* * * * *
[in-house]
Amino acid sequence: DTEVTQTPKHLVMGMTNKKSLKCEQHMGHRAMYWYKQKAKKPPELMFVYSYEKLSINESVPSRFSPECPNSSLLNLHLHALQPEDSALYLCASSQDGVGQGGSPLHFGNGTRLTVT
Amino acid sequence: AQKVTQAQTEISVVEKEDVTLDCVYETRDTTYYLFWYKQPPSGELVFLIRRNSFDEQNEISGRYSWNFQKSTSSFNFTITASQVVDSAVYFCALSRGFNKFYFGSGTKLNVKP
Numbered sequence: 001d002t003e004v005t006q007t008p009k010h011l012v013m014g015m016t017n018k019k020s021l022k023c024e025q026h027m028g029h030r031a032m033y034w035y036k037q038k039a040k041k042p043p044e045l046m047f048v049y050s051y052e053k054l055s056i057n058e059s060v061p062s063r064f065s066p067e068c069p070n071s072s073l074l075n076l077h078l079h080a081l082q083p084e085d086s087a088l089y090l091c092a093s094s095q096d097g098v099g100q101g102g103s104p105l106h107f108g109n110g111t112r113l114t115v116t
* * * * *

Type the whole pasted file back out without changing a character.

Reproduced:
[in-house]
Amino acid sequence: DTEVTQTPKHLVMGMTNKKSLKCEQHMGHRAMYWYKQKAKKPPELMFVYSYEKLSINESVPSRFSPECPNSSLLNLHLHALQPEDSALYLCASSQDGVGQGGSPLHFGNGTRLTVT
Amino acid sequence: AQKVTQAQTEISVVEKEDVTLDCVYETRDTTYYLFWYKQPPSGELVFLIRRNSFDEQNEISGRYSWNFQKSTSSFNFTITASQVVDSAVYFCALSRGFNKFYFGSGTKLNVKP
Numbered sequence: 001d002t003e004v005t006q007t008p009k010h011l012v013m014g015m016t017n018k019k020s021l022k023c024e025q026h027m028g029h030r031a032m033y034w035y036k037q038k039a040k041k042p043p044e045l046m047f048v049y050s051y052e053k054l055s056i057n058e059s060v061p062s063r064f065s066p067e068c069p070n071s072s073l074l075n076l077h078l079h080a081l082q083p084e085d086s087a088l089y090l091c092a093s094s095q096d097g098v099g100q101g102g103s104p105l106h107f108g109n110g111t112r113l114t115v116t